ADA updates standards of care related to CV, renal health in type 2 diabetes

The updates were based on findings from the industry-funded CREDENCE (Canagliflozin and Renal Outcomes in Type 2 Diabetes and Nephropathy) trial.


The American Diabetes Association (ADA) issued updates earlier this month to its 2019 Standards of Medical Care in Diabetes based on findings from the CREDENCE (Canagliflozin and Renal Outcomes in Type 2 Diabetes and Nephropathy) trial.

The trial, which was funded by Janssen and published April 14 by the New England Journal of Medicine, looked at the effect of canagliflozin therapy on cardiorenal outcomes in patients with diabetes-related chronic kidney disease (CKD). CREDENCE included 4,401 patients with type 2 diabetes, an estimated glomerular filtration rate (GFR) of 30 to below 90 mL/min/1.73 m2, and albuminuria who were treated with renin-angiotensin system blockade and randomized to 100 mg of canagliflozin or placebo daily.

The group taking canagliflozin, an oral sodium-glucose cotransporter-2 (SGLT2) inhibitor, had a 30% lower relative risk for the study's primary outcome, a composite of end-stage kidney disease, doubling of serum creatinine level, or death from renal or cardiovascular (CV) causes. Relative risk for the composite renal outcome (end-stage kidney disease, doubling of creatinine level, or death from renal causes) was 34% lower in the canagliflozin group, and relative risk for end-stage kidney disease was 32% lower. Rates of amputation and fracture were similar in both groups, but those in the canagliflozin group had a higher risk for diabetic ketoacidosis. The CREDENCE trial was stopped early after a planned interim analysis.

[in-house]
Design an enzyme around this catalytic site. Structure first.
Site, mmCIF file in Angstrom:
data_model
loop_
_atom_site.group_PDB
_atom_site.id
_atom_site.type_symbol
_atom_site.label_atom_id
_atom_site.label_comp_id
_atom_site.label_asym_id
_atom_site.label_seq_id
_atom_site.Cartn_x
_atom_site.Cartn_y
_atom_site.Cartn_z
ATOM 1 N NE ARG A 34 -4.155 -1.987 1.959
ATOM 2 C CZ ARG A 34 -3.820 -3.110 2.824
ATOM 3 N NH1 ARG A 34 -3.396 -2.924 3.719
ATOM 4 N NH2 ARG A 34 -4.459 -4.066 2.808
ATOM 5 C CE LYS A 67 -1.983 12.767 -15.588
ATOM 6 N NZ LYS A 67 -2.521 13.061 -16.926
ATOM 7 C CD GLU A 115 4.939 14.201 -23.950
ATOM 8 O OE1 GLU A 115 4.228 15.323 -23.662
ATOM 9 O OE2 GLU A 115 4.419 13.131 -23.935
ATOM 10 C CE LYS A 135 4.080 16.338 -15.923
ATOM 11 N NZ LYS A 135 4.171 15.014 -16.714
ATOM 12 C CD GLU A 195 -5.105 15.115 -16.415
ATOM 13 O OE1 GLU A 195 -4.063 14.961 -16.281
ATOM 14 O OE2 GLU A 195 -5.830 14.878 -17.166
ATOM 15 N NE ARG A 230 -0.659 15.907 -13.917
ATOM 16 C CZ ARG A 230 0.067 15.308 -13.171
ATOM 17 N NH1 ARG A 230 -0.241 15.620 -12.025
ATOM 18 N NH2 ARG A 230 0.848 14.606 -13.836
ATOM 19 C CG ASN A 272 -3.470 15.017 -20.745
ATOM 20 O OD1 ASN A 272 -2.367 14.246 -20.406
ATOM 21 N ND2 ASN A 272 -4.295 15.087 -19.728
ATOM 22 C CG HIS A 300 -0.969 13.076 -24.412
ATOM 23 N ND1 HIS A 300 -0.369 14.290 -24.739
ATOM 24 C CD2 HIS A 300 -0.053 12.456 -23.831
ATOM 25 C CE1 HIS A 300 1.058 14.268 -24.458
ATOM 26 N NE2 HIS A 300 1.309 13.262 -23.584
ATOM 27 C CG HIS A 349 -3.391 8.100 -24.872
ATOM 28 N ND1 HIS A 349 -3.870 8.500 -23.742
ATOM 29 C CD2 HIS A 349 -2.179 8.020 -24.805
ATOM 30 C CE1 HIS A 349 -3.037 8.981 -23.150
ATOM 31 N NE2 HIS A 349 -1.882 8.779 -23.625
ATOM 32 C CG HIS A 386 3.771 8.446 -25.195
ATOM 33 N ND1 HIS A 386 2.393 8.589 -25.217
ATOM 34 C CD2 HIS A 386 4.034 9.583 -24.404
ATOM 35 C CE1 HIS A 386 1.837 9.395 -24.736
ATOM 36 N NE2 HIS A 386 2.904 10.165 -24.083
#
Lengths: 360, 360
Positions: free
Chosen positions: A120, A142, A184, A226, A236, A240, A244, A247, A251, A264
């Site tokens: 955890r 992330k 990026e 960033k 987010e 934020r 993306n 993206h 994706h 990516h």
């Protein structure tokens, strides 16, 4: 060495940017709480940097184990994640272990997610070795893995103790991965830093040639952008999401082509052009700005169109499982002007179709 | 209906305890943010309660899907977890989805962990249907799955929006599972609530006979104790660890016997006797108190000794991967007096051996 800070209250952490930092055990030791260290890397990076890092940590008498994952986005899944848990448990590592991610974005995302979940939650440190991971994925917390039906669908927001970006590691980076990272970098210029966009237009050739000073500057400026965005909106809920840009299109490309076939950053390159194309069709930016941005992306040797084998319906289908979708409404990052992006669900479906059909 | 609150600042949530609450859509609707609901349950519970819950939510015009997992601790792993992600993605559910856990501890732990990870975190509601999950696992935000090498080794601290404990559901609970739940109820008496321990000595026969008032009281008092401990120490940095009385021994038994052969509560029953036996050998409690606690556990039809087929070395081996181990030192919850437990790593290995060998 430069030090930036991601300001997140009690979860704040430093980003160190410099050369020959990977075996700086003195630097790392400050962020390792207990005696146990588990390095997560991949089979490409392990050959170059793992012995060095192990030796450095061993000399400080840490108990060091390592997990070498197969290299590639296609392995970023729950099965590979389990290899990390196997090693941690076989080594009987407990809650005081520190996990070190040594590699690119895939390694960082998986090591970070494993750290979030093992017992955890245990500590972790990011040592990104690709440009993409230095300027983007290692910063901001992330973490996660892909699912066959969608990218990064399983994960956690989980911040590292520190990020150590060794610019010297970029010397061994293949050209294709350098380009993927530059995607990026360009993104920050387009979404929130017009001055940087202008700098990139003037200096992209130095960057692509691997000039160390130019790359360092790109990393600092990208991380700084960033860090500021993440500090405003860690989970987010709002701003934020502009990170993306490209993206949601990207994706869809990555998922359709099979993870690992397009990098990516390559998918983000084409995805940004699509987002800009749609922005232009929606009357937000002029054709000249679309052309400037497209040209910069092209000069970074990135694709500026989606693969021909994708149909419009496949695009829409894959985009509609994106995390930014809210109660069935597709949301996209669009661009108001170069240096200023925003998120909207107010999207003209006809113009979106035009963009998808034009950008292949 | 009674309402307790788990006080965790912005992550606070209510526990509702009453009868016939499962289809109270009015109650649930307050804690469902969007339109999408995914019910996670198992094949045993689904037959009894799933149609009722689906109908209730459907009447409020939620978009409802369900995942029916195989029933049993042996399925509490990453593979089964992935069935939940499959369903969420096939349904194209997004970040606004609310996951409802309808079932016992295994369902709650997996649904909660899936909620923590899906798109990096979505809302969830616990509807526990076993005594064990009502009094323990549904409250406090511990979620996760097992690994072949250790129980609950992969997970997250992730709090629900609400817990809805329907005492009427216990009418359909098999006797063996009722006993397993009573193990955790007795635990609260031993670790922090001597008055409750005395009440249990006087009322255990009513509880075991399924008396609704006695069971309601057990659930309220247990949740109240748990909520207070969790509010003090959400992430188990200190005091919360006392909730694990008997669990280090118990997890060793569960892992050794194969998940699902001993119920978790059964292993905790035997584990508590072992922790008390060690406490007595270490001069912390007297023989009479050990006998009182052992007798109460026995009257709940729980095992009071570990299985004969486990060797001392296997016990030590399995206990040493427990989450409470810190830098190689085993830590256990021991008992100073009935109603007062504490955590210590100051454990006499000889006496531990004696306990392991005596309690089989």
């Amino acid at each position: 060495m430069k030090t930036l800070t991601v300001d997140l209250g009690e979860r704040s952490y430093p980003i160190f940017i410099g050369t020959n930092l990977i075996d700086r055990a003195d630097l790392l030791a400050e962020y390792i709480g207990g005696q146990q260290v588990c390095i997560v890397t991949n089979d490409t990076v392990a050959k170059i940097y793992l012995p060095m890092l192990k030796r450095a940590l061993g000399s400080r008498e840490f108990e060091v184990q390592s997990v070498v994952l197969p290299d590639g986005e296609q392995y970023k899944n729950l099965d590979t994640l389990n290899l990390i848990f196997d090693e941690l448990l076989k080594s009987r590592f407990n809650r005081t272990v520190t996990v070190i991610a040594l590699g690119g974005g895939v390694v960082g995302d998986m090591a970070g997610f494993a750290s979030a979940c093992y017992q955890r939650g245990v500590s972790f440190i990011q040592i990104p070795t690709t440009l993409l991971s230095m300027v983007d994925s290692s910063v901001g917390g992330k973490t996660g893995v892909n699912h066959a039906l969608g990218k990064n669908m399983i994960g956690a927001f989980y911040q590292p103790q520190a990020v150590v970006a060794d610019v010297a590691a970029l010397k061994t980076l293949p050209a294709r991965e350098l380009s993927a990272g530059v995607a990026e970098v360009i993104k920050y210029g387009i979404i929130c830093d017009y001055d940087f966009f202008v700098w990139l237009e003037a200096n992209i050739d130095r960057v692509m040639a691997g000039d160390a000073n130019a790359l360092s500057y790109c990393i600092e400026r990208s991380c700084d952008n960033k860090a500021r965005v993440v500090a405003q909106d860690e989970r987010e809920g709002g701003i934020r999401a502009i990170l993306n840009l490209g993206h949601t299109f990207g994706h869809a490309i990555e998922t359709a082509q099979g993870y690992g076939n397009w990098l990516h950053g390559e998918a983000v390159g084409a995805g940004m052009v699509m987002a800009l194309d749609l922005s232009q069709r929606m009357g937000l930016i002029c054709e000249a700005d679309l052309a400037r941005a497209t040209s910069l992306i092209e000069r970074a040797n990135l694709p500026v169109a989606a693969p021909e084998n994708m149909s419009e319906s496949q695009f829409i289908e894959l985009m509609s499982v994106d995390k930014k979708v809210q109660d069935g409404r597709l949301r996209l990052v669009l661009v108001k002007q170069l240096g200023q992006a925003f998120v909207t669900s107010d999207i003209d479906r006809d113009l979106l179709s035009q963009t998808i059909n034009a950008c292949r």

On June 3, the ADA updated Section 10, Cardiovascular Disease and Risk Management, and Section 11, Microvascular Complications and Foot Care, in the 2019 Standards of Medical Care in Diabetes. (Of note, the American College of Cardiology endorses Section 10 and also reviewed and approved the Section 10 updates.)

Based on the results of CREDENCE, the evidence ratings for use of an SGLT2 inhibitor versus a glucagon-like peptide-1 (GLP-1) receptor agonist have been differentiated. A Grade A recommendation now states that clinicians should consider using a SGLT2 inhibitor in patients with an estimated GFR of 30 mL/min/1.73 m2 or greater, particularly those with albuminuria above 300 mg/g, to reduce risk for CV disease progression, CV events, or both. In patients with CKD who are at increased risk for CV events, the ADA noted that use of a GLP-1 receptor agonist may reduce risk for progression of albuminuria, CV events, or both. This is a Grade C recommendation.

The ADA recommends that urinary albumin and estimated GFR be assessed at least once yearly in all patients with type 2 diabetes, regardless of treatment, as well as in patients with type 1 diabetes of at least five years' duration and all patients with comorbid hypertension. This is a Grade B recommendation. The ADA no longer recommends continued monitoring of urinary albumin-creatinine ratio to assess response to treatment or progression of CKD in patients with albuminuria who are being treated with an angiotensin-converting enzyme inhibitor or an angiotensin receptor blocker.

The updated 2019 Standards of Medical Care in Patients with Diabetes are available on the Diabetes Care website.